Show Me the Money: Making Markets in Forbidden Exchange

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The most up-to-date version of this piece can be found in the Duke Law Scholarship

Foreword, Symposium on Forbidden Markets, 72 Law & Contemporary Problems (forthcoming)


As your parents doubtless told you, money can't buy everything. Nearly all cultures reserve certain items, activities, and entitlements as inalienable for profit. It would be incorrect to assume, however, that the individual mental accounting, social norms, and laws regarding the proper scope of commercial activity are universal, preordained, or inflexible. In fact, researchers across disciplines have demonstrated both the malleability and context-dependency of individual mental accounting, and the socially constructed nature of relational boundaries and the accepted means of exchange within them, which vary across time and cultures. Moreover, technological innovation, social or political change, or other developments may create previously unknown circumstances for which there are no existing rules of accepted exchange, causing social strain.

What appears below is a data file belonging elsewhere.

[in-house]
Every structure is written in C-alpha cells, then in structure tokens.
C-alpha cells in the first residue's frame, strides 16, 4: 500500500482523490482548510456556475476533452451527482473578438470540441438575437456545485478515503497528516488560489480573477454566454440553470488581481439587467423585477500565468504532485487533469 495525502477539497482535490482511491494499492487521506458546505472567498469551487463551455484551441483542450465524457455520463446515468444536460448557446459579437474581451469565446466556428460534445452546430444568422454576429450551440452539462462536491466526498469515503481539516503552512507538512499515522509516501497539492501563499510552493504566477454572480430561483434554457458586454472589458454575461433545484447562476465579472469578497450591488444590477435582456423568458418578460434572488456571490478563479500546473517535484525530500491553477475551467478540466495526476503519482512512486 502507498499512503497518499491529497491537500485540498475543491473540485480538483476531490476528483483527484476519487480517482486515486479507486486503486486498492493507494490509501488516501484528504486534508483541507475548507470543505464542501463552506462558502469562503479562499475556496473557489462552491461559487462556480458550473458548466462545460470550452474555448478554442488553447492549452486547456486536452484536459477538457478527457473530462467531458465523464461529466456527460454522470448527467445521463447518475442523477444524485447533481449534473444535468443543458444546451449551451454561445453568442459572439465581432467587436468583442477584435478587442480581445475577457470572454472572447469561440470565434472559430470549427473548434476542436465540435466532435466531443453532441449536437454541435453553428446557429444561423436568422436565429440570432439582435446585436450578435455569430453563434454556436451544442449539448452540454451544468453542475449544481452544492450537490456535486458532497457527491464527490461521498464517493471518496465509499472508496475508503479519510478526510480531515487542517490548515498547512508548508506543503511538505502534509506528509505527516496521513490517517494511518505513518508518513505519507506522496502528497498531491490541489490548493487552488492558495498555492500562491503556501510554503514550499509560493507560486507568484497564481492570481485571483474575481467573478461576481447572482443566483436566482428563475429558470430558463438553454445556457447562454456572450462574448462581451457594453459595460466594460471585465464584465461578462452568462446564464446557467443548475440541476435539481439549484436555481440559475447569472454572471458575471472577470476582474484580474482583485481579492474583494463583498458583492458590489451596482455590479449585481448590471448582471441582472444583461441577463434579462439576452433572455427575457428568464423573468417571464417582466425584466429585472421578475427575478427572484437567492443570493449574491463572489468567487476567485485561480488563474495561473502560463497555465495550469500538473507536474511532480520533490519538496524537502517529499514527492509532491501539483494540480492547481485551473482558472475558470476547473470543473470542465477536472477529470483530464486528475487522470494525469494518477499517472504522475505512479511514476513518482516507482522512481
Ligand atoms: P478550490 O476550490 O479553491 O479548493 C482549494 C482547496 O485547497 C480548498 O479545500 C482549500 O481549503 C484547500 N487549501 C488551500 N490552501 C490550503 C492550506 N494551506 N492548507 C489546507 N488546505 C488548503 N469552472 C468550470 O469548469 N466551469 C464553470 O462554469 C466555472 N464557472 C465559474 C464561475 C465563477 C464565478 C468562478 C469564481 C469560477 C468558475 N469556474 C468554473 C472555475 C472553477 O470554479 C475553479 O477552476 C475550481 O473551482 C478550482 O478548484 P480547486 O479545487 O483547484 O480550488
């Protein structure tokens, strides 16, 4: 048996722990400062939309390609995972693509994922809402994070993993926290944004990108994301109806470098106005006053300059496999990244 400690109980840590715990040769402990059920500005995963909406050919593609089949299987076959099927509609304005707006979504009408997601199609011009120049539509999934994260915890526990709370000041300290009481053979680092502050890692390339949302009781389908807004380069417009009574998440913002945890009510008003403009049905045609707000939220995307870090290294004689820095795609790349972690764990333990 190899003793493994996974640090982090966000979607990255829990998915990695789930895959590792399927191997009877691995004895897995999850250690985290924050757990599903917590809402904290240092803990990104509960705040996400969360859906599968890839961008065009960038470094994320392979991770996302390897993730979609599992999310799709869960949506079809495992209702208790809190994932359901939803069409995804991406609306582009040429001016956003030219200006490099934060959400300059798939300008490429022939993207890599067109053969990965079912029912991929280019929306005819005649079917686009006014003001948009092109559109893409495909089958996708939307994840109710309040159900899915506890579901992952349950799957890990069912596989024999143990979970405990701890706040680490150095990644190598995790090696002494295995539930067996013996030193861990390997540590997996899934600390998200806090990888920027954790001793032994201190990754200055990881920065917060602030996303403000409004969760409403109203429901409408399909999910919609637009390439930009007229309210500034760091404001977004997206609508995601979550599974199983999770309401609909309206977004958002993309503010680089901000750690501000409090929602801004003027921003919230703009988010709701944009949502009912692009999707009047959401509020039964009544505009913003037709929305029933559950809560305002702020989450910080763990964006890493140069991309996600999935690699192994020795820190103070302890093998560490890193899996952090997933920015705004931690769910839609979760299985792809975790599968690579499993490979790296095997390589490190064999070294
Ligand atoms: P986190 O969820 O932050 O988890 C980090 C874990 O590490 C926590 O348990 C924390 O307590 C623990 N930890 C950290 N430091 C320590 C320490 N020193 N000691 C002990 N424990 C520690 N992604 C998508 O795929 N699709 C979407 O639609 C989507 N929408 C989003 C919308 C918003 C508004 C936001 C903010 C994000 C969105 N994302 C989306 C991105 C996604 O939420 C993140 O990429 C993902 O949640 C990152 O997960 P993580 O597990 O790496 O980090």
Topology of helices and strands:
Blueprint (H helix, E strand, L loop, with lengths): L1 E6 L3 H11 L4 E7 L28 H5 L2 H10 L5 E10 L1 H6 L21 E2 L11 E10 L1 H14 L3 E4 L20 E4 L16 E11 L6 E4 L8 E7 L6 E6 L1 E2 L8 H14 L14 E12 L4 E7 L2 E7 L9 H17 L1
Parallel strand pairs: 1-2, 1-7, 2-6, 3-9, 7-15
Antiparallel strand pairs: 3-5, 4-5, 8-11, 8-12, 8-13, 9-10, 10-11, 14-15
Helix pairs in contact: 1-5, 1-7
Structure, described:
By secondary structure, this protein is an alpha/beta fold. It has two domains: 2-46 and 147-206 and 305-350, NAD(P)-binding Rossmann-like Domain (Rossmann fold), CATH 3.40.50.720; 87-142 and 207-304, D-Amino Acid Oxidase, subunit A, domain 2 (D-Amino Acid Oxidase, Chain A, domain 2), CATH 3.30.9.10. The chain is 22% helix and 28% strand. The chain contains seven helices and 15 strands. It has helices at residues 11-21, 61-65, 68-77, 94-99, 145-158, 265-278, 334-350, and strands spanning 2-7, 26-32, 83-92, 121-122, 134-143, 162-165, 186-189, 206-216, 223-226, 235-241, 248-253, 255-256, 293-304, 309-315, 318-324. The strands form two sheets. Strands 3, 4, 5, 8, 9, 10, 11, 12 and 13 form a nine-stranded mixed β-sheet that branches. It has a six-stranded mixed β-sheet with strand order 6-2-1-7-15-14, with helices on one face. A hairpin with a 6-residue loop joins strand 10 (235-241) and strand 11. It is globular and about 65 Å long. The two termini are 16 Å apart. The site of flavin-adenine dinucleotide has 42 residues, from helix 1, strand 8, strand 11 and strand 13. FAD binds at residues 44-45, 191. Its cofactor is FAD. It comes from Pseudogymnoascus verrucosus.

The contributors to this volume consider at length the consequences of making - and restricting - markets in various types of traditionally forbidden or contested exchange, including human blood, organs, eggs, sperm, reproductive services, and labor. What are the problems with, objections to, defenses of, impediments for, developments in, and challenges facing markets in these traditionally forbidden or contested areas of commercial exchange? What is the effect of prohibiting or impeding commercially-motivated transactions in these areas? As we move toward greater market-based exchange in some of these items and activities, what outcomes might we expect? What must those markets look like, who will intermediate them, and how must the legal regime governing the market participants be structured in order to guard against our traditional fears of market-based approaches to exchange in certain areas of life? Here, Rene Almeling, David E. Bernstein, Clark C. Havighurst, Melissa B. Jacoby, Kimberly D. Krawiec, Thomas C. Leonard, Julia D. Mahoney, Hugh V. McLachlan, Elizabeth S. Scott, and J. Kim Swales seek, if not answers, at least insight to these questions.

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organs, surrogacy, egg, sperm, adoption, blood, labor, contested commodity, markets